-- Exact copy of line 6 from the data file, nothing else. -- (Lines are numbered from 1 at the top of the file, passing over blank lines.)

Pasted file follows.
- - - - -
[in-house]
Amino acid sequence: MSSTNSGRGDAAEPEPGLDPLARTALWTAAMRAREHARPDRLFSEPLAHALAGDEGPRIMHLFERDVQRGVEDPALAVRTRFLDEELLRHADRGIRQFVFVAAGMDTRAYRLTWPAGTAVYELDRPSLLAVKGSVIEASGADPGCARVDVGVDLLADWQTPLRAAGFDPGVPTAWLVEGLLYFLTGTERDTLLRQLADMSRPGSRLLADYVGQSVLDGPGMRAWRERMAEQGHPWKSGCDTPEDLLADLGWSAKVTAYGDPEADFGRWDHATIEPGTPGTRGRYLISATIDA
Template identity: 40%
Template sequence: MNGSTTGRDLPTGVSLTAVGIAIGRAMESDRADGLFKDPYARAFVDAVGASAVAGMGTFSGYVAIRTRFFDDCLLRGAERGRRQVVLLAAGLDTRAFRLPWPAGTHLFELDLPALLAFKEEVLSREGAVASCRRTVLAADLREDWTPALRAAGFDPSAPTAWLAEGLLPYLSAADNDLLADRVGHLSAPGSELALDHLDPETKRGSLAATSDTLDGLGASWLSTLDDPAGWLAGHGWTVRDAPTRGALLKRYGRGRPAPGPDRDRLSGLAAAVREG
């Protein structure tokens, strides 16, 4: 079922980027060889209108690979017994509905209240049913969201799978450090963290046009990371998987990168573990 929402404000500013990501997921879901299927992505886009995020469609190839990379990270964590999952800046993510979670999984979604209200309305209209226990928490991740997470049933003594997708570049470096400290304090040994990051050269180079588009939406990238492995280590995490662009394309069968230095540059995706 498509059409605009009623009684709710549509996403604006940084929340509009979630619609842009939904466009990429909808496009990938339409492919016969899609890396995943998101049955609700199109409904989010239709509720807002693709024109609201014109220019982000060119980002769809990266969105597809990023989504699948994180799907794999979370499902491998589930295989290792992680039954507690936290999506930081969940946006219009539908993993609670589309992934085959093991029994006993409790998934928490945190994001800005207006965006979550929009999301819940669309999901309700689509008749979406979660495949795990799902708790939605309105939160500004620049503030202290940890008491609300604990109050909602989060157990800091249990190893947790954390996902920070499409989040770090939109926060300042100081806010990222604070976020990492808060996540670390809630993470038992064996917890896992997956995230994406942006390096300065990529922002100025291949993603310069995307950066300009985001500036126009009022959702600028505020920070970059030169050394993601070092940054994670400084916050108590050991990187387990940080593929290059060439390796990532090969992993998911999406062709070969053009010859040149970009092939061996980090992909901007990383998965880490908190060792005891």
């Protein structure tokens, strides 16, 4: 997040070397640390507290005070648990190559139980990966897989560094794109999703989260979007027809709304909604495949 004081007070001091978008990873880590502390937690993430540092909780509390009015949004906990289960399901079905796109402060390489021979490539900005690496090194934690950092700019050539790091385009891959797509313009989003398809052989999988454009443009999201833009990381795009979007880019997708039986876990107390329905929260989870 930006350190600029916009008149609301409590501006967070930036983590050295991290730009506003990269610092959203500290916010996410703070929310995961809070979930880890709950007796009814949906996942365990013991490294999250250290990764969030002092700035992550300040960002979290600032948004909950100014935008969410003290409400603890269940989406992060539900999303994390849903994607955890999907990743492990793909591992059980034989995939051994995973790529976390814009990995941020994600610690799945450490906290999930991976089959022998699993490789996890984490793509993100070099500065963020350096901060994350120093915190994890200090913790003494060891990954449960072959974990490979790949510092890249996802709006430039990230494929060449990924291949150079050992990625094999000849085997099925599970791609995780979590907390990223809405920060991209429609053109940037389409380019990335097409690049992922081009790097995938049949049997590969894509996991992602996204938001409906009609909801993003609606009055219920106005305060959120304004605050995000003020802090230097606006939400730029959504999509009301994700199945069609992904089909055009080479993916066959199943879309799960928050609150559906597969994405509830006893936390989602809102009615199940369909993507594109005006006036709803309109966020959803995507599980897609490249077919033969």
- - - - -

């Protein structure tokens, strides 16, 4: 997040070397640390507290005070648990190559139980990966897989560094794109999703989260979007027809709304909604495949 004081007070001091978008990873880590502390937690993430540092909780509390009015949004906990289960399901079905796109402060390489021979490539900005690496090194934690950092700019050539790091385009891959797509313009989003398809052989999988454009443009999201833009990381795009979007880019997708039986876990107390329905929260989870 930006350190600029916009008149609301409590501006967070930036983590050295991290730009506003990269610092959203500290916010996410703070929310995961809070979930880890709950007796009814949906996942365990013991490294999250250290990764969030002092700035992550300040960002979290600032948004909950100014935008969410003290409400603890269940989406992060539900999303994390849903994607955890999907990743492990793909591992059980034989995939051994995973790529976390814009990995941020994600610690799945450490906290999930991976089959022998699993490789996890984490793509993100070099500065963020350096901060994350120093915190994890200090913790003494060891990954449960072959974990490979790949510092890249996802709006430039990230494929060449990924291949150079050992990625094999000849085997099925599970791609995780979590907390990223809405920060991209429609053109940037389409380019990335097409690049992922081009790097995938049949049997590969894509996991992602996204938001409906009609909801993003609606009055219920106005305060959120304004605050995000003020802090230097606006939400730029959504999509009301994700199945069609992904089909055009080479993916066959199943879309799960928050609150559906597969994405509830006893936390989602809102009615199940369909993507594109005006006036709803309109966020959803995507599980897609490249077919033969």